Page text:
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Thursday, 25 June 1998
Page: 5428

Mr LATHAM —My question is also to the Minister for Employment, Education, Training and Youth Affairs. Minister, do you recall the coalition's 1996 youth policy commitment that `a Howard government will meet frequently with organisations such as the peak youth community sector body, the Australian Youth Policy and Action Coalition'? Minister, why did you break this promise by failing to meet even once with AYPAC and then deciding to abolish its funding? Having failed hopelessly on youth policy, is this not just a case of the government now trying to silence its critics?

Dr KEMP (Employment, Education, Training and Youth Affairs;Minister Assisting the Prime Minister for the Public Service) —Both in opposition and in government, I have met on a number of occasions with that particular organisation. But let me just say that the government had a three-year contract with AYPAC, and that three-year contract has expired. The government reviewed whether it was getting value out of that contract because the government has, of course, put in place an outstanding range of policies for young people. We have put in place policies for literacy and numeracy and the new national apprenticeship system, and we have expanded opportunities for young people to undertake vocational education in school. All of those outstanding policies were put in place—

Mr Beazley —Mr Speaker, on a point of order: the minister was asked a very specific question relating to the funding arrangements and the absence of meetings with this organisation. He was asked for nothing else. This minister, who gets plenty of time in question time in this place to express his views, ought to be told to make his answers relevant.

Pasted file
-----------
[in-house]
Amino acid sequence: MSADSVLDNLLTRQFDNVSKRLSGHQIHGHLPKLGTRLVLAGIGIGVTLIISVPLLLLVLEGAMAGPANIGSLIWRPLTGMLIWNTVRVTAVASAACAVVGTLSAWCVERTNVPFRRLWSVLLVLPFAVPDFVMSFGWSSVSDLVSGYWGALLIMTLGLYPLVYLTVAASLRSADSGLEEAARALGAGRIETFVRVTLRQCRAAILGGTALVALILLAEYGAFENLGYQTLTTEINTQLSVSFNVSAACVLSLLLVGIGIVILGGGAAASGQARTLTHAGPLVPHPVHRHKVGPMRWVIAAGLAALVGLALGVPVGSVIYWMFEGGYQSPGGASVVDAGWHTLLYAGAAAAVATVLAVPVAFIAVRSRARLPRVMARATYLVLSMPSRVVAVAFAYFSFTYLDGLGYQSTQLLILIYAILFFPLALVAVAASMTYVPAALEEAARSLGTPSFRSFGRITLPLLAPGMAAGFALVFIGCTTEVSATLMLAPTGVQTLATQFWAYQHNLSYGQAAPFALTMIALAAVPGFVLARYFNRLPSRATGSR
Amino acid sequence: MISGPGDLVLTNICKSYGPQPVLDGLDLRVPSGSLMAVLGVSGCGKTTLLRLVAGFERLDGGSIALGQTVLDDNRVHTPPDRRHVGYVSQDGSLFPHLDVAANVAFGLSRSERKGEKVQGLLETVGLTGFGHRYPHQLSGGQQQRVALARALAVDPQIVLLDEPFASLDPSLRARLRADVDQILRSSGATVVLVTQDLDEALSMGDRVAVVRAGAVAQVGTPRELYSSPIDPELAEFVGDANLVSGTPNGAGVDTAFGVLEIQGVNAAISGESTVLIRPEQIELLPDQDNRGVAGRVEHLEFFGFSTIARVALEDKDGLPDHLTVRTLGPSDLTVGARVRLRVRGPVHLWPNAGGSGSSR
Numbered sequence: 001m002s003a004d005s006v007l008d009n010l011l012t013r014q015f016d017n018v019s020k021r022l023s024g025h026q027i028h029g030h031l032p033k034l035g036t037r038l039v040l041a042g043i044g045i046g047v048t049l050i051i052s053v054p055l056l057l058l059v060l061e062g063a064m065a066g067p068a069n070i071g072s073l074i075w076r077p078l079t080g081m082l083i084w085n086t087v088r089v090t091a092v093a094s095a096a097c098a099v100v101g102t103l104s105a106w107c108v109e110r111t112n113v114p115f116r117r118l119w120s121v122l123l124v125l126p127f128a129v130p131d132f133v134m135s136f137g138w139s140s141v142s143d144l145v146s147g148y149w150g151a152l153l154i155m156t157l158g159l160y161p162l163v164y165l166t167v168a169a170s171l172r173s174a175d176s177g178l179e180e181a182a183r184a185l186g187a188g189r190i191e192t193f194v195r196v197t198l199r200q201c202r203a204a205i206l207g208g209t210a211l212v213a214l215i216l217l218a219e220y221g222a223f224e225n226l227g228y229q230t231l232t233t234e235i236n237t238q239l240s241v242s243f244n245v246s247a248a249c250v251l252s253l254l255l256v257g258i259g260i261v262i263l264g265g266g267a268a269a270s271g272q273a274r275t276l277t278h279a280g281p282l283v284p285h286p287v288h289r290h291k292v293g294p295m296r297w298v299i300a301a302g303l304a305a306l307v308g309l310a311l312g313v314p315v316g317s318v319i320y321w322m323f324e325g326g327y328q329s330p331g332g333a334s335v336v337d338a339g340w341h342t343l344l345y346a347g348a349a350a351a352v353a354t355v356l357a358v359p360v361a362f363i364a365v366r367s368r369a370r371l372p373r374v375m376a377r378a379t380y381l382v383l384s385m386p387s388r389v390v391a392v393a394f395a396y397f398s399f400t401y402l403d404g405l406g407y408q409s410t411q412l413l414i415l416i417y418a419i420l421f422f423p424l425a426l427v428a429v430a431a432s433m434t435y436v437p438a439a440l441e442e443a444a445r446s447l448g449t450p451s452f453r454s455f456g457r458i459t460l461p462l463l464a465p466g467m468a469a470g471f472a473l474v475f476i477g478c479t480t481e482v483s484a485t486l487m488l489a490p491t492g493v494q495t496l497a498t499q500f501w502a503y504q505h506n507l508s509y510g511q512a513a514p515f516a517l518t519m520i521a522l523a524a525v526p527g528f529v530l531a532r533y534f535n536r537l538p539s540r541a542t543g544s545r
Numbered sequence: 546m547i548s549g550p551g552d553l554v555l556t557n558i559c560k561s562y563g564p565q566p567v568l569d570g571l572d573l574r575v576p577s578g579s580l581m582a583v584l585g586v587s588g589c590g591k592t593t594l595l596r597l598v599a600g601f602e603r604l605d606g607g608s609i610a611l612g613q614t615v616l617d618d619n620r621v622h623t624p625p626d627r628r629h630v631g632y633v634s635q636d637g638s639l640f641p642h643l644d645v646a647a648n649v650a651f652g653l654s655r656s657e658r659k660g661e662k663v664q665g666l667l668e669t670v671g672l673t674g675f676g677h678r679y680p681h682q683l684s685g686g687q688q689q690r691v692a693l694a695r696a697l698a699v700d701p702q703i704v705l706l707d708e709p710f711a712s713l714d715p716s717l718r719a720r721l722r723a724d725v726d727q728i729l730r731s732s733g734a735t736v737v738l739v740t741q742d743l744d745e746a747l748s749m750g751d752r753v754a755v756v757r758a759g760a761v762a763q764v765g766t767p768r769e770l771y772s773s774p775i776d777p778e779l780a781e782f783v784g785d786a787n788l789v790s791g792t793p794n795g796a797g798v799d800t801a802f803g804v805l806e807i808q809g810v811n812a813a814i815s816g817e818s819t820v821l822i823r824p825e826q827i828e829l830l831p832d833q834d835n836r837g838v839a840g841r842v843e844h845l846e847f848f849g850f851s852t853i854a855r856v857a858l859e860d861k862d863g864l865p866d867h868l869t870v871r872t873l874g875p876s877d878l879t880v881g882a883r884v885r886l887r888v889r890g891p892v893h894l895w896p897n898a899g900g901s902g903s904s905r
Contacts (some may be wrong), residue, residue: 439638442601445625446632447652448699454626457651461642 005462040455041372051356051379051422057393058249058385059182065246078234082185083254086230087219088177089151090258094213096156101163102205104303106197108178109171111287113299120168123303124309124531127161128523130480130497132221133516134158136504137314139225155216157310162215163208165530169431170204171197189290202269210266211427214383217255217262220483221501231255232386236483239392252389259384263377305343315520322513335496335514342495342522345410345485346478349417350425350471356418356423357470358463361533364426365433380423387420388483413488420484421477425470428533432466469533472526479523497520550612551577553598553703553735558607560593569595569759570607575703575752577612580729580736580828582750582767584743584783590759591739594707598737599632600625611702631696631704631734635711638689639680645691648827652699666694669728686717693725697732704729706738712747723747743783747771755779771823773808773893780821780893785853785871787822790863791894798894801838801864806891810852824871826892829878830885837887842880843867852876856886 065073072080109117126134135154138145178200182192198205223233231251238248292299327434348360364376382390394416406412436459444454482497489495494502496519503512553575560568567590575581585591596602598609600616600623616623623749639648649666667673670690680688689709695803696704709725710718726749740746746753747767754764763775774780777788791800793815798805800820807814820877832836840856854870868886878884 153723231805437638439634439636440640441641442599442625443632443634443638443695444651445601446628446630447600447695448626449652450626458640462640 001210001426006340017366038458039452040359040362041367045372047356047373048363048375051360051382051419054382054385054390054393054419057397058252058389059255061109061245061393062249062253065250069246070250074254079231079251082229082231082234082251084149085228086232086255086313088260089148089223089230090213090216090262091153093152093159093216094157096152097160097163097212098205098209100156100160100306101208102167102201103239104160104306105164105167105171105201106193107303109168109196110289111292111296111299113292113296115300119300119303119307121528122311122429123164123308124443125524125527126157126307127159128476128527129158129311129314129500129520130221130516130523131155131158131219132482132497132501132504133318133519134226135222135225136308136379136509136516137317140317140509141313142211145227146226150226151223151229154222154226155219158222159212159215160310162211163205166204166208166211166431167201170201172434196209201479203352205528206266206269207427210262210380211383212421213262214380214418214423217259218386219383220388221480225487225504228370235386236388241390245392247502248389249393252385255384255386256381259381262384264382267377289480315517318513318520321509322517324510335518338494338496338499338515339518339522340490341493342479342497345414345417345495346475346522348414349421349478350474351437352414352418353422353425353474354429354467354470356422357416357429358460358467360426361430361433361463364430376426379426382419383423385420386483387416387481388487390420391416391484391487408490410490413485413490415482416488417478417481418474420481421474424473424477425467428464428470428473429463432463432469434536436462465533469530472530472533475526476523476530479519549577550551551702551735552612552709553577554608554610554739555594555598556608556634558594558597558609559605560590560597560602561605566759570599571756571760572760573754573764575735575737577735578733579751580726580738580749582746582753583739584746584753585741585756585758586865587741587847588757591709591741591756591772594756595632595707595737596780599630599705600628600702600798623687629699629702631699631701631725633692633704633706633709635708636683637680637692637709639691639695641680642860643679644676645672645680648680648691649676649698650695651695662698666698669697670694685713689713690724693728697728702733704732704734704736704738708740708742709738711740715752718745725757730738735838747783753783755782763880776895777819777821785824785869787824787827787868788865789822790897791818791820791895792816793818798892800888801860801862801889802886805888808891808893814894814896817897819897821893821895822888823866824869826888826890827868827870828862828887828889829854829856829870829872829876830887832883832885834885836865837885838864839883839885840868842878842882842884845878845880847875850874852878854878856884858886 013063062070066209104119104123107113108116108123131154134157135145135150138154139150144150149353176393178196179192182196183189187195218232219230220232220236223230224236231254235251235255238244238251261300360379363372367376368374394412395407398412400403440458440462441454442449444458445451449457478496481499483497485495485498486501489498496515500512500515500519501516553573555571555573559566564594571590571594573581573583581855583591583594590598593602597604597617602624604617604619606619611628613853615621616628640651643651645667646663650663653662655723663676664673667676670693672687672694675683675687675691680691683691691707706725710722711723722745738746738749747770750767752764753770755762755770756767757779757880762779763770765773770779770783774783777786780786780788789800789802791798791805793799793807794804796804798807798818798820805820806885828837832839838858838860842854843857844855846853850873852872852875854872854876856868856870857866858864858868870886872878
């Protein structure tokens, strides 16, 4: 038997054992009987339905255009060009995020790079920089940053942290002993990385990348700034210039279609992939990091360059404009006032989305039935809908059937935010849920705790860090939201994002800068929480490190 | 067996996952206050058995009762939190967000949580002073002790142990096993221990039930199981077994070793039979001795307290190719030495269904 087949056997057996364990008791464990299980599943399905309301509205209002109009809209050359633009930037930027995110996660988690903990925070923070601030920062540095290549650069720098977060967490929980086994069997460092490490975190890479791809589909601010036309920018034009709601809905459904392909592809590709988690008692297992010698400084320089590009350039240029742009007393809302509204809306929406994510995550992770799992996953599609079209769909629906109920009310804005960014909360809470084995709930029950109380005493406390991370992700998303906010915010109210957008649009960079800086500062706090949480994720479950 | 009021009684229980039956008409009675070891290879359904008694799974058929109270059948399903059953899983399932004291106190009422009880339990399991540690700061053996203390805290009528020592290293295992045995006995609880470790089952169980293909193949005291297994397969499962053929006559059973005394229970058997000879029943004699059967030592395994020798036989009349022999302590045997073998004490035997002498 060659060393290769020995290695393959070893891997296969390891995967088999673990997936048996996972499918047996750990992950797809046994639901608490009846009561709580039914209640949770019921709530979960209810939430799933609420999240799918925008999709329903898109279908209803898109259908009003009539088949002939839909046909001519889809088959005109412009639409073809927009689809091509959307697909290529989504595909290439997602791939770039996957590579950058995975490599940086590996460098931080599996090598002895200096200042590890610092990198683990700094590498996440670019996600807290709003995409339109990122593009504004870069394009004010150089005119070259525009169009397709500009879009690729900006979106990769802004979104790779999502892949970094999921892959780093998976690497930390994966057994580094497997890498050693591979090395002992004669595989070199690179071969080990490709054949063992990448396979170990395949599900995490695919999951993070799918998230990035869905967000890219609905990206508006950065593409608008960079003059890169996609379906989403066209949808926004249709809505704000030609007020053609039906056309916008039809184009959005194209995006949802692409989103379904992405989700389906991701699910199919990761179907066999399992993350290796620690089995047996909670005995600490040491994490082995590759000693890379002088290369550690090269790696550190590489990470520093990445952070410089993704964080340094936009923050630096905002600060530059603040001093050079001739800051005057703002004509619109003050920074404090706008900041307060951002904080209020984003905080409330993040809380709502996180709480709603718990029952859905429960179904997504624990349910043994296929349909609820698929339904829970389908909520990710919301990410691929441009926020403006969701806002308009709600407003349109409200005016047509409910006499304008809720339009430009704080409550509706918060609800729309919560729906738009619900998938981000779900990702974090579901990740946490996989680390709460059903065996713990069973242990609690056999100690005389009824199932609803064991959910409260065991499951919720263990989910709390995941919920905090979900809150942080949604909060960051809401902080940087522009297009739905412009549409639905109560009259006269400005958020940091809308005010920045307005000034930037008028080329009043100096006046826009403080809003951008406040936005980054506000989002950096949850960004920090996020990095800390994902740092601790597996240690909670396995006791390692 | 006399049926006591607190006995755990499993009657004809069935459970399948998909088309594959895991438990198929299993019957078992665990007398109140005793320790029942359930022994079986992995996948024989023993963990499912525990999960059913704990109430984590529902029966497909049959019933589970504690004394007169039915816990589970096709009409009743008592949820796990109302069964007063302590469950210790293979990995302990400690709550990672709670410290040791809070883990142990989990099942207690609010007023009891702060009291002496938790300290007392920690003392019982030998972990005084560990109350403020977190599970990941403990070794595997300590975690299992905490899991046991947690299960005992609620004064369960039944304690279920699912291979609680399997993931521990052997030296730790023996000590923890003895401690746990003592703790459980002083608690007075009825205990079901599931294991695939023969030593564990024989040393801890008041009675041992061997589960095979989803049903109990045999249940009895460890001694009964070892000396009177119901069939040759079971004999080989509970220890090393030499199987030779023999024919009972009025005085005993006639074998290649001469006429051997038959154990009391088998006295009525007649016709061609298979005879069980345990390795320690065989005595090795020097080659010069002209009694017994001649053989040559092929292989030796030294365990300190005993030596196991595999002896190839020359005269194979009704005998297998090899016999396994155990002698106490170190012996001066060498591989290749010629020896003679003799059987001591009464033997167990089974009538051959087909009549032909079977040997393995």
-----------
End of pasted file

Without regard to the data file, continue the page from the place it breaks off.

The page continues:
Mr SPEAKER —The Leader of the Opposition will not debate the issue. There is a standing order with respect to relevance. With respect to the rest of the Leader of the Opposition's intervention, the minister is responding to the question, but I suggest he takes note of its particularity. I call the minister.

Dr KEMP —Young people around Australia these days are seeking increasingly to speak directly to government. They do not believe that a body with an executive of five people can adequately represent their concerns. The government has determined that the 2.7 million young people between the ages of 15 and 24 should have the opportunity to nominate directly to a national youth round table. That round table will give every young Australian in regional and rural Australia and in metropolitan Australia the chance to be nominated and to talk directly with the government. I am pleased to say that the government's announcement has been welcomed by young people around Australia.

Mr SPEAKER —I call the honourable member for Robertson.